Posted by Virus Bulletin on Nov 17, 2014
Must-read for anyone working with one of the Internet's most important protocols.
I was reading Ivan Ristić's book Bulletproof SSL and TLS when rumours started to appear about an attack against SSL 3.0, which would soon become commonly known as the 'POODLE' attack. Thanks to the book, I was quickly able to read up on the differences between SSL 3.0 and its successor, TLS 1.0, which wasn't vulnerable to the attack. Elsewhere in the book, a few pages are dedicated to protocol downgrade attacks, which were instrumental in a successful POODLE attack.
A few weeks later, when a researcher demonstrated a surprisingly simple hash collision attack on MD5 that showed similarities to the rogue certificate used by Flame, I was able to refresh my memory by reading the detailed description of how the Flame authors had been able to generate the certificate.
It's that kind of book.
SSL (Secure Sockets Layer) and its successor TLS (Transport Layer Security) are designed to provide a secure communication channel over the Internet. They are among the most important Internet protocols, especially in an age when passive and active global adversaries appear to be ubiquitous. But now that, thanks to the recent vulnerability in Microsoft's Schannel library, all widely used SSL/TLS stacks have suffered from a major vulnerability this year, it is fair to say that SSL/TLS is difficult.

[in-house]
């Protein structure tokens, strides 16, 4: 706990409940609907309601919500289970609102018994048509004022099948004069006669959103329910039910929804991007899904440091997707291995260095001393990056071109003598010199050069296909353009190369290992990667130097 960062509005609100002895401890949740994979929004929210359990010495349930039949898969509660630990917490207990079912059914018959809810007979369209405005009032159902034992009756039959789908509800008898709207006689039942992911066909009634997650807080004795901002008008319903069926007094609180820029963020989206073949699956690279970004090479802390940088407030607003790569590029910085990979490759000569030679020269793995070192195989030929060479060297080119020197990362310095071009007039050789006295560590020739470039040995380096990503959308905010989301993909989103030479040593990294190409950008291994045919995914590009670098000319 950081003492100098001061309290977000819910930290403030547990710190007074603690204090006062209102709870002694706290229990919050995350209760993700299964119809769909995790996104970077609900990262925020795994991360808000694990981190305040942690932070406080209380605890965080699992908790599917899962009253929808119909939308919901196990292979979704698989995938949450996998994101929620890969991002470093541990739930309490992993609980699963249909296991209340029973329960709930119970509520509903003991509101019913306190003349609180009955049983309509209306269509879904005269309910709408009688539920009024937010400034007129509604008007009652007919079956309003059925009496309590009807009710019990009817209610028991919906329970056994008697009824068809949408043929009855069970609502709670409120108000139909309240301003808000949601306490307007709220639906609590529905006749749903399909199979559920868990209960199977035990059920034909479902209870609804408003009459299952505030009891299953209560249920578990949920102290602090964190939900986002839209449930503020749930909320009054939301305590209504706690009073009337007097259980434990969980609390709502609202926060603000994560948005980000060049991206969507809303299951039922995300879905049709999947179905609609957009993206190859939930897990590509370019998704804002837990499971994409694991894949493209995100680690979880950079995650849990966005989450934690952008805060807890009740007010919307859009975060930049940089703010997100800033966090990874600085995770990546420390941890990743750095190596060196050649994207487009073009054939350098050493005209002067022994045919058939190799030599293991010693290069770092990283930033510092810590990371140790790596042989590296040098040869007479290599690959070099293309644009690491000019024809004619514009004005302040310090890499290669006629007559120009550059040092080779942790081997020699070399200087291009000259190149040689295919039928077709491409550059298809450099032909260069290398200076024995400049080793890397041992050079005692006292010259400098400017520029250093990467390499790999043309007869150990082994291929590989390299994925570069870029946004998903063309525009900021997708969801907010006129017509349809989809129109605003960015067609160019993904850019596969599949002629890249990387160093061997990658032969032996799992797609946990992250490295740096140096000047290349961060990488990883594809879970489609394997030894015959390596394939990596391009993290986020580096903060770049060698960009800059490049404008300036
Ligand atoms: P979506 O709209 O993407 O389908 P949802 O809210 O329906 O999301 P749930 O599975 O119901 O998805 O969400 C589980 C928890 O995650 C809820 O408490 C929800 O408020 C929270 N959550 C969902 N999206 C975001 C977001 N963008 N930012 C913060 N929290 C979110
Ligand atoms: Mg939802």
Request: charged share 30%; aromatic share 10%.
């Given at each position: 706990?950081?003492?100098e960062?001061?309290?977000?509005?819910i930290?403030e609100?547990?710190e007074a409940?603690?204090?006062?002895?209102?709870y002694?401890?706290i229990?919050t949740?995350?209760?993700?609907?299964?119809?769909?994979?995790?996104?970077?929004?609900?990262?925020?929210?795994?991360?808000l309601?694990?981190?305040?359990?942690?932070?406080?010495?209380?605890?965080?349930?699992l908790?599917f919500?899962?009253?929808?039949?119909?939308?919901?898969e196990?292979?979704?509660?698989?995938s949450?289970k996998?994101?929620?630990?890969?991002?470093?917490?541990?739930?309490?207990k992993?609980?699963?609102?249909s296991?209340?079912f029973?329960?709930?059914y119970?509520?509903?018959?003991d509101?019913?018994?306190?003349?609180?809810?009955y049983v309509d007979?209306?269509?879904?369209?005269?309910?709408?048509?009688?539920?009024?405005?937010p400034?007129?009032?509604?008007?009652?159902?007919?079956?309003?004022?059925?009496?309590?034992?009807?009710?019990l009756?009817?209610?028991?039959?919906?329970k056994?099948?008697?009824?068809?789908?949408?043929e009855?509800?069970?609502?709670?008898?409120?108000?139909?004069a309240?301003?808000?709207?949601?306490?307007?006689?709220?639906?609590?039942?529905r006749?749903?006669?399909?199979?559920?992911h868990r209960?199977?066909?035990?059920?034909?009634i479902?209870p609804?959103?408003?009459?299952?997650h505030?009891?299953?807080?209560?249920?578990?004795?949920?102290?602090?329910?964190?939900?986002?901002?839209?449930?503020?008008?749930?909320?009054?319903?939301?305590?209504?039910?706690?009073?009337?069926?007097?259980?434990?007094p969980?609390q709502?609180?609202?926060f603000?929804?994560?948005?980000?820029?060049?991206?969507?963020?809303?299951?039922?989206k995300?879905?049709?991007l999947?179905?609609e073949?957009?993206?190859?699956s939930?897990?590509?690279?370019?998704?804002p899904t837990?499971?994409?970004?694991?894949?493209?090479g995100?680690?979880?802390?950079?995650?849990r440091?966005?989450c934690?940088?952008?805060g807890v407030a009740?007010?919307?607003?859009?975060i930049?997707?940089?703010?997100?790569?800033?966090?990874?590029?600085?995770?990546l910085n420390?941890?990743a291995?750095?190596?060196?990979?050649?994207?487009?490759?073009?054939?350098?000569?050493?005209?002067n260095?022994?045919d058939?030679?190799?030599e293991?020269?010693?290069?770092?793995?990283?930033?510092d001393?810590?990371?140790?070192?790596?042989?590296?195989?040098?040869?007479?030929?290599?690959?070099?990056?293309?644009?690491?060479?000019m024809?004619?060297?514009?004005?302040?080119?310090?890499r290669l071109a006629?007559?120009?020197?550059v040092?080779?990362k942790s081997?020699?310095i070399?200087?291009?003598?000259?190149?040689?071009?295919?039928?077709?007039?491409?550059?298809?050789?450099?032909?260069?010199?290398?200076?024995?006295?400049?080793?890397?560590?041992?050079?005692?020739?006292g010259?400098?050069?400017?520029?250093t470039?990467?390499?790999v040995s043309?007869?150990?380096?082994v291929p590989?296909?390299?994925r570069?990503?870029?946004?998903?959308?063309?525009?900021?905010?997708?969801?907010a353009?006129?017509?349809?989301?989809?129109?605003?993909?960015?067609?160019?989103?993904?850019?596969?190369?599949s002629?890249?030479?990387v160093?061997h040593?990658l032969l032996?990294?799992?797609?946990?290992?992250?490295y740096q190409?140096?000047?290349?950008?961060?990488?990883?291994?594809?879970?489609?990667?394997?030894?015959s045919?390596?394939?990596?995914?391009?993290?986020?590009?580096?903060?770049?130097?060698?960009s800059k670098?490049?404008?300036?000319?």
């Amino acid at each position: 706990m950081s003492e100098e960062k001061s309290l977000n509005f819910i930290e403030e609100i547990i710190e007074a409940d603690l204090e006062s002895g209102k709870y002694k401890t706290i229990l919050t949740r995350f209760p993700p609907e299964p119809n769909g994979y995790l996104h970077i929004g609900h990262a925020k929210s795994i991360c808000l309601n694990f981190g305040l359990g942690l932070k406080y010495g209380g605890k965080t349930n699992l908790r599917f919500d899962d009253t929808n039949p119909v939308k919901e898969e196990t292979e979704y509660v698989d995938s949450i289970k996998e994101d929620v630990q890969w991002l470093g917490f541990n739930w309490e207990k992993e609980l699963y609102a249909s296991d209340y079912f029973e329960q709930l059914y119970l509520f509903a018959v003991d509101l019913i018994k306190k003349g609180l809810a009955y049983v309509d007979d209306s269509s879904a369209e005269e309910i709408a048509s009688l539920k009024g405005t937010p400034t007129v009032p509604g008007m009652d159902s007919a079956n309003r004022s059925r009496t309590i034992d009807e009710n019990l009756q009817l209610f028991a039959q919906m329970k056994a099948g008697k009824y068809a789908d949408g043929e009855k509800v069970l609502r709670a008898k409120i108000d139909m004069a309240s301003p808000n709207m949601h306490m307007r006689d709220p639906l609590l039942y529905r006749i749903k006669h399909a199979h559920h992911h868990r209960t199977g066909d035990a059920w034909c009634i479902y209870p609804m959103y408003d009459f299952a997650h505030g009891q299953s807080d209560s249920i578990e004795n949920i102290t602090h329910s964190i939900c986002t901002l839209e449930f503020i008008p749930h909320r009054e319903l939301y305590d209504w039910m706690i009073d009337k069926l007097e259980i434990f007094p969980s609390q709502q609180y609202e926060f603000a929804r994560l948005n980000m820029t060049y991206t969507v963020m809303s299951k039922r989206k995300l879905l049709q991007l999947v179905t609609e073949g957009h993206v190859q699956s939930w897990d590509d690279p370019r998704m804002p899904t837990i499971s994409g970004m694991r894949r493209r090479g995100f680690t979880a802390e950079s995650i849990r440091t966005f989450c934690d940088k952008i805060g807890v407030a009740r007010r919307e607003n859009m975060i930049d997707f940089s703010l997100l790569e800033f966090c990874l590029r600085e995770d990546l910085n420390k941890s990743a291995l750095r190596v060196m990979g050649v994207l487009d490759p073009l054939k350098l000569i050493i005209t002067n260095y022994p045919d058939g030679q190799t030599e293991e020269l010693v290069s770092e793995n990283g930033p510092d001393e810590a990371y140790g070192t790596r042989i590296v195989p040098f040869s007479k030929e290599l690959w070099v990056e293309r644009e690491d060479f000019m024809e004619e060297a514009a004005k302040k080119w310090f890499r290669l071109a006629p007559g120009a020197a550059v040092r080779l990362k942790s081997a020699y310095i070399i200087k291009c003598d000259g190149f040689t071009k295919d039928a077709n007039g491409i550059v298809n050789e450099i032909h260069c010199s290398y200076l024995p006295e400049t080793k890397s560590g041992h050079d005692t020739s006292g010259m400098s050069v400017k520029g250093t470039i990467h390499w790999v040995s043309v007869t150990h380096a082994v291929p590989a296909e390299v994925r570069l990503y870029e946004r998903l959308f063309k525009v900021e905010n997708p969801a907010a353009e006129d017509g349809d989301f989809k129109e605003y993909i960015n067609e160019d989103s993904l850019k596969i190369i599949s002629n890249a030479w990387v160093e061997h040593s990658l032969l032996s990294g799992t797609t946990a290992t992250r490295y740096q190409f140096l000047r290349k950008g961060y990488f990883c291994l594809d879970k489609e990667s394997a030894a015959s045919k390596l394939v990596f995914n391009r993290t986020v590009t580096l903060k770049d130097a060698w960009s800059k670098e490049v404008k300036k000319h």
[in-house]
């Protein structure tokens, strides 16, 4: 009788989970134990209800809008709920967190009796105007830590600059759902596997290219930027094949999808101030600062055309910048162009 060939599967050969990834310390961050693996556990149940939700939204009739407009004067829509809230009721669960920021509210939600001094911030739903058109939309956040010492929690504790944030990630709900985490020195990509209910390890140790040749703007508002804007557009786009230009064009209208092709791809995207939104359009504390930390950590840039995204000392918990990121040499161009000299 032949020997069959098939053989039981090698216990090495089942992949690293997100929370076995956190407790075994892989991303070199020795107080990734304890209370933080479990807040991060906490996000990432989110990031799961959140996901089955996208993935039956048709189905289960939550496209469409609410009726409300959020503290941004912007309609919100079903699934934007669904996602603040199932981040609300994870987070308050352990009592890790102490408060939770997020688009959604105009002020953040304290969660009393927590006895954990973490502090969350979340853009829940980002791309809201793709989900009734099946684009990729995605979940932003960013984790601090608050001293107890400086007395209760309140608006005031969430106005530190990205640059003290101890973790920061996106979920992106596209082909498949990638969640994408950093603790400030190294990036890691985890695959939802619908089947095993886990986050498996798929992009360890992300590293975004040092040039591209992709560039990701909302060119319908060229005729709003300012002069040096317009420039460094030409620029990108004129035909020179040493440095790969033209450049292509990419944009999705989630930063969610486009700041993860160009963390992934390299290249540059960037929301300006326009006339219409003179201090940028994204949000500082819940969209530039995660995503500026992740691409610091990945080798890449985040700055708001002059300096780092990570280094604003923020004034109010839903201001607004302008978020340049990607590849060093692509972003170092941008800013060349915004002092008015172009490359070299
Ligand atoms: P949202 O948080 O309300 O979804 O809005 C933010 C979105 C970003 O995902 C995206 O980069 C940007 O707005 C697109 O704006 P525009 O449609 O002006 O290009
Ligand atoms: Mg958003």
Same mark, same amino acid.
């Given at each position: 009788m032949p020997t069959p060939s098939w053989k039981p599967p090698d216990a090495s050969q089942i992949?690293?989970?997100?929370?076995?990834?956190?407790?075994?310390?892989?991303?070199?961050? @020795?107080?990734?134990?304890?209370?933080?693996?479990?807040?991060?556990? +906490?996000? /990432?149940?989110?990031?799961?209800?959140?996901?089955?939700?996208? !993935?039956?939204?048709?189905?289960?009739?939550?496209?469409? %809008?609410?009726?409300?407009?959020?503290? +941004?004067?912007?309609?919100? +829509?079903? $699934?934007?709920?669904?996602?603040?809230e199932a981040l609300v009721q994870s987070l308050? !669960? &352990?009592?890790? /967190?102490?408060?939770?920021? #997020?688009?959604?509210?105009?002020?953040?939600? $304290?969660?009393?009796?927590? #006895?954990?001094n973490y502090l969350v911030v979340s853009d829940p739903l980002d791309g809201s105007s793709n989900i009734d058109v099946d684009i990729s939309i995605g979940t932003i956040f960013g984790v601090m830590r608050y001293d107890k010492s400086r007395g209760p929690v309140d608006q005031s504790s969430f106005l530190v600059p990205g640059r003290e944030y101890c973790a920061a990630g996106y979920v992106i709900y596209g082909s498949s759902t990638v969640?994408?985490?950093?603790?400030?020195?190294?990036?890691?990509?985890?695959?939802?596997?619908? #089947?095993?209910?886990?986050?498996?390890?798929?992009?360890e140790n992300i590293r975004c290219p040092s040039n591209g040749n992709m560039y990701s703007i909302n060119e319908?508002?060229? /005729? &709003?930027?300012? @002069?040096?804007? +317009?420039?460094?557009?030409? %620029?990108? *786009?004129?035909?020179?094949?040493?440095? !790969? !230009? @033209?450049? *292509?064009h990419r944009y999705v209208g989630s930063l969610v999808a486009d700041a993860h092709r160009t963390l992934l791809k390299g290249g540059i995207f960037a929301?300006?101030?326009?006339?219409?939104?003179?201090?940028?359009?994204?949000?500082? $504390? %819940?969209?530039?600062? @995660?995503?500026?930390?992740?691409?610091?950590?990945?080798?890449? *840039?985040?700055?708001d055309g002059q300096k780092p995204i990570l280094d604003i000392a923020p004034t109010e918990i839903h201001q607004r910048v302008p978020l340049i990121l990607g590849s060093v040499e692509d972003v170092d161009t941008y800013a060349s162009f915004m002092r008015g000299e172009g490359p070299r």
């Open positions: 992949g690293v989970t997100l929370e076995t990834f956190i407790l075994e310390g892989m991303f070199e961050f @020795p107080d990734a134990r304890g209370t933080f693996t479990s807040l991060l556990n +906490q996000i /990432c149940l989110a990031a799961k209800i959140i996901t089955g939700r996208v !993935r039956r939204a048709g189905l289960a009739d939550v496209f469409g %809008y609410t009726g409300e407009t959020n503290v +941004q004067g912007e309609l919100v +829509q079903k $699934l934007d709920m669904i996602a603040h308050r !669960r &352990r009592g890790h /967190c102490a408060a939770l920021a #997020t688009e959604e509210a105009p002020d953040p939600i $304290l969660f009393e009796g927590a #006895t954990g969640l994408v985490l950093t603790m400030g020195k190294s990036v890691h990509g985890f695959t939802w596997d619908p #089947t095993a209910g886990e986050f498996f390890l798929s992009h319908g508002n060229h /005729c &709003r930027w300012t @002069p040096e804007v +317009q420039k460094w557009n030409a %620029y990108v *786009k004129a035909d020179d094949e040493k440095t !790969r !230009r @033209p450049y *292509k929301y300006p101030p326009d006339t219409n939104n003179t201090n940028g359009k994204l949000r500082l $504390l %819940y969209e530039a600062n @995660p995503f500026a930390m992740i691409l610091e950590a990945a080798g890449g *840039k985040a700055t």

The basic idea behind SSL/TLS is rather simple: client and server exchange a few messages to agree on an encryption protocol and corresponding secret key to use; from then on, all communication between them is encrypted and cannot be read by anyone listening in on the connection.
In practice, as always, things are a bit more complicated. To start with, cryptography is hard. And while you don't have to know how S-boxes in AES work or what elliptic curve cryptography really is, some basic understanding of cryptography is essential to work with SSL/TLS, and Ristić (whose day job is that of Director of Application Security Research at Qualys) is right to start his book with a quick but thorough primer on the subject.
The book then dedicates a mere 40 pages to describing how the SSL/TLS protocol really works - and that includes all the obscure extensions, such as 'Heartbeat', about which Ristić writes "it is not clear if Heartbeat is used in practice". He may well be right, yet hundreds of thousands of servers ran an OpenSSL version that implemented the extension and were thus vulnerable to Heartbleed.
Heartbleed aside, things get really interesting in the chapter about public-key infrastructure (PKI): how SSL/TLS deals with the problem that it's all very well for Anna to communicate securely with Bob, but how does she know she is really talking to Bob, and not to Eve, who's sitting in the middle of their connection, or to Mallory, who has managed to convince Anna that she is, in fact, Bob?
PKI generally works well, except when it doesn't, and these cases tend to make big headlines and make for interesting reading. A full chapter is dedicated to attacks against PKI: from Sotoriv, Stevens et al. using MD5 collision to obtain a rogue RapidSSL certificate, to the breaches at Comodo and Diginotar and the aforementioned Flame malware.
SSL/TLS can be used to secure any TCP-based protocol, but probably its most common use is in HTTPS: secure HTTP connections. Again, the difference between the theory of obtaining a valid certificate and adding it to a web server, and the practice of making sure there is no way a skilled attacker can still read some or all traffic, is huge. Ristić describes a large number of issues faced by both those building browsers and those writing websites, not all of which are trivial to solve.